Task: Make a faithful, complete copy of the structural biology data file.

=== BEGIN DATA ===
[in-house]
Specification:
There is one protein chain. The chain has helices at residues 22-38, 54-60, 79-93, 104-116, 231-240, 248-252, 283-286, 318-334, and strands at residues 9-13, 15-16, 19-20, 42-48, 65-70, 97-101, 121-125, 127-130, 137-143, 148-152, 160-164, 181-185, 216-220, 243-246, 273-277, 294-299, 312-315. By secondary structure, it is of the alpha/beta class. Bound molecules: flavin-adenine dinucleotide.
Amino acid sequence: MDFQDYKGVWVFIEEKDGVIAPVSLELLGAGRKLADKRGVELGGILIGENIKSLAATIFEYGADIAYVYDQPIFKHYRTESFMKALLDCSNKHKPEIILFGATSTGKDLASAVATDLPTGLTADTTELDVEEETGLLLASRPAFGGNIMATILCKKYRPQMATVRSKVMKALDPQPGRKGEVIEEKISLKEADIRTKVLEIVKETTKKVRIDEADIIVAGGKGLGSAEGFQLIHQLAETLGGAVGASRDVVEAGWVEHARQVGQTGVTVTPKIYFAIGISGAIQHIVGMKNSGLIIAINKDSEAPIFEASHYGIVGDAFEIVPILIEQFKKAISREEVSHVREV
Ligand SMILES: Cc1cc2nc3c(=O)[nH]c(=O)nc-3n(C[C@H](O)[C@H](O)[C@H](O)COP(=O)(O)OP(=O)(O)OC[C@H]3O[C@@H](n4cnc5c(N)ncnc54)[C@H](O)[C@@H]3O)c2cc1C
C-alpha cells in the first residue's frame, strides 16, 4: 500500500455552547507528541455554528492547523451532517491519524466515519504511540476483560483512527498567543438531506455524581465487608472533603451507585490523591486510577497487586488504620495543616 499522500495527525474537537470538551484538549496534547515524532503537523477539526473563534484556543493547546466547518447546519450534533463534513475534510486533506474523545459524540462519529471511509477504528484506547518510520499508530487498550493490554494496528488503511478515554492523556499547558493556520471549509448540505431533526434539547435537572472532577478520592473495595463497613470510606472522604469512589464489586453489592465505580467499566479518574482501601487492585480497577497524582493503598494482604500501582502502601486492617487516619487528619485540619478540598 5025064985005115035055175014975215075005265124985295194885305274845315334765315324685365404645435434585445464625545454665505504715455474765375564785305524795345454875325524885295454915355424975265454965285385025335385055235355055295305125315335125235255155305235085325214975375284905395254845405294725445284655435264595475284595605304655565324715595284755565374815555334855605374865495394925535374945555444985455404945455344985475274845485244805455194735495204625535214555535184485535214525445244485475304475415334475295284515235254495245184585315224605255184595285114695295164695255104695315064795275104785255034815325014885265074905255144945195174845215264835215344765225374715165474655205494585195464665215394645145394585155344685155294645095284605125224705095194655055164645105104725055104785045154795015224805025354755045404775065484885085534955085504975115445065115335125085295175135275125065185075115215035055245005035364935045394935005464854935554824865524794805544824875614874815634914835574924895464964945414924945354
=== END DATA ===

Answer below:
[in-house]
Specification:
There is one protein chain. The chain has helices at residues 22-38, 54-60, 79-93, 104-116, 231-240, 248-252, 283-286, 318-334, and strands at residues 9-13, 15-16, 19-20, 42-48, 65-70, 97-101, 121-125, 127-130, 137-143, 148-152, 160-164, 181-185, 216-220, 243-246, 273-277, 294-299, 312-315. By secondary structure, it is of the alpha/beta class. Bound molecules: flavin-adenine dinucleotide.
Amino acid sequence: MDFQDYKGVWVFIEEKDGVIAPVSLELLGAGRKLADKRGVELGGILIGENIKSLAATIFEYGADIAYVYDQPIFKHYRTESFMKALLDCSNKHKPEIILFGATSTGKDLASAVATDLPTGLTADTTELDVEEETGLLLASRPAFGGNIMATILCKKYRPQMATVRSKVMKALDPQPGRKGEVIEEKISLKEADIRTKVLEIVKETTKKVRIDEADIIVAGGKGLGSAEGFQLIHQLAETLGGAVGASRDVVEAGWVEHARQVGQTGVTVTPKIYFAIGISGAIQHIVGMKNSGLIIAINKDSEAPIFEASHYGIVGDAFEIVPILIEQFKKAISREEVSHVREV
Ligand SMILES: Cc1cc2nc3c(=O)[nH]c(=O)nc-3n(C[C@H](O)[C@H](O)[C@H](O)COP(=O)(O)OP(=O)(O)OC[C@H]3O[C@@H](n4cnc5c(N)ncnc54)[C@H](O)[C@@H]3O)c2cc1C
C-alpha cells in the first residue's frame, strides 16, 4: 500500500455552547507528541455554528492547523451532517491519524466515519504511540476483560483512527498567543438531506455524581465487608472533603451507585490523591486510577497487586488504620495543616 499522500495527525474537537470538551484538549496534547515524532503537523477539526473563534484556543493547546466547518447546519450534533463534513475534510486533506474523545459524540462519529471511509477504528484506547518510520499508530487498550493490554494496528488503511478515554492523556499547558493556520471549509448540505431533526434539547435537572472532577478520592473495595463497613470510606472522604469512589464489586453489592465505580467499566479518574482501601487492585480497577497524582493503598494482604500501582502502601486492617487516619487528619485540619478540598 5025064985005115035055175014975215075005265124985295194885305274845315334765315324685365404645435434585445464625545454665505504715455474765375564785305524795345454875325524885295454915355424975265454965285385025335385055235355055295305125315335125235255155305235085325214975375284905395254845405294725445284655435264595475284595605304655565324715595284755565374815555334855605374865495394925535374945555444985455404945455344985475274845485244805455194735495204625535214555535184485535214525445244485475304475415334475295284515235254495245184585315224605255184595285114695295164695255104695315064795275104785255034815325014885265074905255144945195174845215264835215344765225374715165474655205494585195464665215394645145394585155344685155294645095284605125224705095194655055164645105104725055104785045154795015224805025354755045404775065484885085534955085504975115445065115335125085295175135275125065185075115215035055245005035364935045394935005464854935554824865524794805544824875614874815634914835574924895464964945414924945354